Rabies Post-Exposure Prophylaxis Regimen
Animal Bites and Rabies Risk: A Guide for Health Professionals
Rabies PEP overview
The rabies PEP regimen involves administration of human rabies immune globulin (HRIG), which is given only once, and a series of four 1.0 mL rabies vaccinations (Table 3). HRIG and the first vaccination are given on the first day of treatment (designated day 0) and three additional rabies vaccinations are given on days 3, 7, and 14.
Immunocompromised persons receive a fifth vaccination on day 28, and should be tested for seroconversion 7 to 14 days following completion of the PEP regimen (Table 4).
Patients who have previously received either pre or post-exposure rabies prophylaxis should receive only two rabies vaccine boosters following an exposure, given on days 0 and 3. Patients who have been previously vaccinated SHOULD NOT receive HRIG, even if the pre- or post-exposure rabies prophylaxis regimen was given many years prior (Table 3; Table 4).
Human rabies immune globulin (HRIG)
Human rabies immune globulin (HRIG) is infiltrated around the site of the bite(s), and provides rapid passive immune protection with a half life of approximately 21 days. It is administered only once, on the first day of the PEP regimen (designated day 0). No more than the recommended dosage of HRIG should be given because excessive HRIG can partially suppress active production of antibody. If the HRIG was not administered on day 0, it may be administered up to and including day 7 of the PEP regimen. Beyond day 7, HRIG is not indicated, as the patient’s antibody response to the vaccine occurs in that timeframe.
- The recommended dosage of HRIG is 20 IU/kg body weight for all ages including children.
- Infiltrate as much of the HRIG as possible into and around the bite wound.
- Administer the remaining HRIG intramuscularly (IM) at a site distant from the first vaccination site, generally in the quadriceps or deltoids.
- If there is no wound, such as following a bat-in-the-bedroom exposure, then HRIG may be given in the deltoids, quadriceps, or gluteals.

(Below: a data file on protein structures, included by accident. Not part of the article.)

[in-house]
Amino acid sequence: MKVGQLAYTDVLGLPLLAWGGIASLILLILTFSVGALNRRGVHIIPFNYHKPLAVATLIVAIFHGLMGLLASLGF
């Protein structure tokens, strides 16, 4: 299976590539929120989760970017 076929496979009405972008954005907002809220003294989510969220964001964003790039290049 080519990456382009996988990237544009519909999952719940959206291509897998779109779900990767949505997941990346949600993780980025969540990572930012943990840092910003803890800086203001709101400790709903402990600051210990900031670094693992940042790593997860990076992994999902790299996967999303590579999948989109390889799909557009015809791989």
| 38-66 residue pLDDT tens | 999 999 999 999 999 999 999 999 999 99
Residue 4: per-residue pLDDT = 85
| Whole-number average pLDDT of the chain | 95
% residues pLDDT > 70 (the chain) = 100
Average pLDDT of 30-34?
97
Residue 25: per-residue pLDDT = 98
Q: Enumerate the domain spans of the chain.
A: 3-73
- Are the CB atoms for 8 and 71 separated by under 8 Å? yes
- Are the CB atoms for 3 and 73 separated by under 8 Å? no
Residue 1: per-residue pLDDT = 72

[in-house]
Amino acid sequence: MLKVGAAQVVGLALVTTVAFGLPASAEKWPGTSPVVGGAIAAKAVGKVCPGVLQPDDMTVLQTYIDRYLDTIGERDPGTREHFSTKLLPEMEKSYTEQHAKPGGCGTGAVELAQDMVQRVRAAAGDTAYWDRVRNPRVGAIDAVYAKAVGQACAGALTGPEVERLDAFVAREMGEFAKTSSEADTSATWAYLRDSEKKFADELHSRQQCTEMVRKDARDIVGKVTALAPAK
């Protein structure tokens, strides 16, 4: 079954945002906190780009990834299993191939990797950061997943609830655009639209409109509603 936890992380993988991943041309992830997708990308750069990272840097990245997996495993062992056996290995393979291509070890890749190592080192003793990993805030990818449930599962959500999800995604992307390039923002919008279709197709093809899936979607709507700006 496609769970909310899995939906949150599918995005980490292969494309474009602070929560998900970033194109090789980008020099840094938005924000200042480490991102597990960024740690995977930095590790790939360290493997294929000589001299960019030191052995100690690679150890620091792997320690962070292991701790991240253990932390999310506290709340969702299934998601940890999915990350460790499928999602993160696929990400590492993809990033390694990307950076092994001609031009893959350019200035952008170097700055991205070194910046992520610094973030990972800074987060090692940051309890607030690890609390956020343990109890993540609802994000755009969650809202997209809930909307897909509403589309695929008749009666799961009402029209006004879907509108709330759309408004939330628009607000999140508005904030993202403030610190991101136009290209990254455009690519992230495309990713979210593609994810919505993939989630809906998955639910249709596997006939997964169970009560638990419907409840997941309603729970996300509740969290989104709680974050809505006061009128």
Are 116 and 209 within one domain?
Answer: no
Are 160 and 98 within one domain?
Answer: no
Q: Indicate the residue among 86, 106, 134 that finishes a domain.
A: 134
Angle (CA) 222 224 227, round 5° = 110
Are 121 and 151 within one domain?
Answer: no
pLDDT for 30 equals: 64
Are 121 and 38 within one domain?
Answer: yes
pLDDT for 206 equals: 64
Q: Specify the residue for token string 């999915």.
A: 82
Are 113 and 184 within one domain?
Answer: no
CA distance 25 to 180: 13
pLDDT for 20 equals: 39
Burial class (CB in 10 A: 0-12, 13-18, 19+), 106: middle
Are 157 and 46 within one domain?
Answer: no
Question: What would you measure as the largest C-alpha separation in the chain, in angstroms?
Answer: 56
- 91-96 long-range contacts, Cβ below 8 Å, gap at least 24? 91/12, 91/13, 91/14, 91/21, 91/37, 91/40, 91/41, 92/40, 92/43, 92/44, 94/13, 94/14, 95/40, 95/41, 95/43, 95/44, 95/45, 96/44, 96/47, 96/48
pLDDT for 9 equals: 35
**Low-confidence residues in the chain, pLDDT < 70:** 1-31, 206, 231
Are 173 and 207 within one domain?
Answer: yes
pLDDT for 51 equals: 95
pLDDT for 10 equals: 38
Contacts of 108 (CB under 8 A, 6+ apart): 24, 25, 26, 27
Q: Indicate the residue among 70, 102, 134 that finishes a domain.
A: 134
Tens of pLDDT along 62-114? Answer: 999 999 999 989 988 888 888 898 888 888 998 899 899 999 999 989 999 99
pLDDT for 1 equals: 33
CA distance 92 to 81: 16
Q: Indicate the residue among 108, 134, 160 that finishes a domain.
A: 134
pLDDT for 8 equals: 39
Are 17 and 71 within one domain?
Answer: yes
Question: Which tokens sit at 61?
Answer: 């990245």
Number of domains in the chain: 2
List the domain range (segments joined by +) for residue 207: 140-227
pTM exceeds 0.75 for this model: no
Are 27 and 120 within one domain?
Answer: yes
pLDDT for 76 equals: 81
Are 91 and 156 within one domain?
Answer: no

A 1.0 mL dose of rabies vaccine is given IM in the deltoid area of adults or the anterolateral thigh of young children on days 0, 3, 7, and 14 of the rabies PEP regimen (Table 3). The first vaccination is given concurrently with the HRIG at a site distant from the HRIG. An additional fifth dose of rabies vaccine is given on day 28 to immunocompromised patients (Table 4). Rabies vaccine must NOT be given in the gluteals due to the possibility of poor absorption from that site and lower neutralizing antibody titers.Two inactivated, cell culture rabies vaccines are currently available in the United States: human diploid cell vaccine (HDCV) or purified chick embryo cell vaccine (PCEC). Both are considered equally safe and efficacious. It is recommended that a vaccine series be initiated and completed with the same vaccine product; however, decreased efficacy or increased frequency of adverse reactions have not been documented when the series is initiated with one vaccine product and completed with another. The rabies vaccine series induces an active immune response that requires 7 to 10 days to develop and persists for many years.
.A rabies vaccine information statement (VIS) is available for distribution from CDC at: http://www.cdc.gov/vaccines/hcp/vis/vis-statements/rabies.html Attention: Non-MDH link.Previously vaccinated persons
Previously vaccinated individuals are those who have completed a pre-exposure or post-exposure regimen of human diploid cell vaccine (HDCV) and purified chick embryo cell vaccine (PCEC), or who have received a different vaccine outside of the U.S. and have a documented serum titer corresponding to complete neutralization at >1:5 serum dilution (or its equivalent, approximately 0.1-0.2 IU/mL) by the rapid fluorescent focus inhibition test (RFFIT) (Reference 7). Following an exposure, previously vaccinated persons are given two 1.0 mL doses of vaccine intramuscularly in the deltoid area on days 0 and 3. No HRIG is administered. Please consult with MDH epidemiologists if the patient’s previous pre- or post-exposure vaccination regimen was administered more than 20 years prior to the current exposure.Deviations from recommended PEP vaccination schedule